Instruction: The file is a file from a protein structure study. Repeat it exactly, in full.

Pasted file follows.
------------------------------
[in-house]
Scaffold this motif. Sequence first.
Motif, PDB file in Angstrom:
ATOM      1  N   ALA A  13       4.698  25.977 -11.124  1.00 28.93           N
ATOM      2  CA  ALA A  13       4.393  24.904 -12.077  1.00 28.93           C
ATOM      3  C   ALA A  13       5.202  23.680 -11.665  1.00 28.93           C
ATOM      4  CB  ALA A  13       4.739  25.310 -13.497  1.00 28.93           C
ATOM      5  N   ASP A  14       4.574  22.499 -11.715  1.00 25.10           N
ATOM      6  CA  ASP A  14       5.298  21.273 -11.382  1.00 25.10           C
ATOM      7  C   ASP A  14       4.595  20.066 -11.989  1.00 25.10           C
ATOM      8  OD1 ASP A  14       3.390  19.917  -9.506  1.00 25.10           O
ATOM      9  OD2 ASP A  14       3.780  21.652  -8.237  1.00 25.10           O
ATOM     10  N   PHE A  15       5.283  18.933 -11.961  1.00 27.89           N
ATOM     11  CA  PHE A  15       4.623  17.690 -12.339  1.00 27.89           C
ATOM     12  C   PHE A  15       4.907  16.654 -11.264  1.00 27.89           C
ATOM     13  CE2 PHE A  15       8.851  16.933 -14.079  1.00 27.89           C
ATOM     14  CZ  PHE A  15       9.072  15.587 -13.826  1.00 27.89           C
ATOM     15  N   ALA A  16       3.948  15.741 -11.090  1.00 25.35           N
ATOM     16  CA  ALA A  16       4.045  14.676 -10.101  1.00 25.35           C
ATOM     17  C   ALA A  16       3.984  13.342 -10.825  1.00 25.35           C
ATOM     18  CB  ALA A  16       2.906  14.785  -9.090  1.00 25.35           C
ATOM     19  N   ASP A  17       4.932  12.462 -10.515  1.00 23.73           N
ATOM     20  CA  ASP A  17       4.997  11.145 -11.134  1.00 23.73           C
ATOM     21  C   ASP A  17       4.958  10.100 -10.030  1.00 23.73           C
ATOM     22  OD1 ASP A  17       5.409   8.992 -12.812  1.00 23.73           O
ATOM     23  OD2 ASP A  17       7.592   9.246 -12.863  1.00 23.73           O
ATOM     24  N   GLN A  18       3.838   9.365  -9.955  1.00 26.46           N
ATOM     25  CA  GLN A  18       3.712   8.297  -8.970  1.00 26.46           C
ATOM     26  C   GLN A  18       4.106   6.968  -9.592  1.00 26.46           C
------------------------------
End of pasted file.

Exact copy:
[in-house]
Scaffold this motif. Sequence first.
Motif, PDB file in Angstrom:
ATOM      1  N   ALA A  13       4.698  25.977 -11.124  1.00 28.93           N
ATOM      2  CA  ALA A  13       4.393  24.904 -12.077  1.00 28.93           C
ATOM      3  C   ALA A  13       5.202  23.680 -11.665  1.00 28.93           C
ATOM      4  CB  ALA A  13       4.739  25.310 -13.497  1.00 28.93           C
ATOM      5  N   ASP A  14       4.574  22.499 -11.715  1.00 25.10           N
ATOM      6  CA  ASP A  14       5.298  21.273 -11.382  1.00 25.10           C
ATOM      7  C   ASP A  14       4.595  20.066 -11.989  1.00 25.10           C
ATOM      8  OD1 ASP A  14       3.390  19.917  -9.506  1.00 25.10           O
ATOM      9  OD2 ASP A  14       3.780  21.652  -8.237  1.00 25.10           O
ATOM     10  N   PHE A  15       5.283  18.933 -11.961  1.00 27.89           N
ATOM     11  CA  PHE A  15       4.623  17.690 -12.339  1.00 27.89           C
ATOM     12  C   PHE A  15       4.907  16.654 -11.264  1.00 27.89           C
ATOM     13  CE2 PHE A  15       8.851  16.933 -14.079  1.00 27.89           C
ATOM     14  CZ  PHE A  15       9.072  15.587 -13.826  1.00 27.89           C
ATOM     15  N   ALA A  16       3.948  15.741 -11.090  1.00 25.35           N
ATOM     16  CA  ALA A  16       4.045  14.676 -10.101  1.00 25.35           C
ATOM     17  C   ALA A  16       3.984  13.342 -10.825  1.00 25.35           C
ATOM     18  CB  ALA A  16       2.906  14.785  -9.090  1.00 25.35           C
ATOM     19  N   ASP A  17       4.932  12.462 -10.515  1.00 23.73           N
ATOM     20  CA  ASP A  17       4.997  11.145 -11.134  1.00 23.73           C
ATOM     21  C   ASP A  17       4.958  10.100 -10.030  1.00 23.73           C
ATOM     22  OD1 ASP A  17       5.409   8.992 -12.812  1.00 23.73           O
ATOM     23  OD2 ASP A  17       7.592   9.246 -12.863  1.00 23.73           O
ATOM     24  N   GLN A  18       3.838   9.365  -9.955  1.00 26.46           N
ATOM     25  CA  GLN A  18       3.712   8.297  -8.970  1.00 26.46           C
ATOM     26  C   GLN A  18       4.106   6.968  -9.592  1.00 26.46           C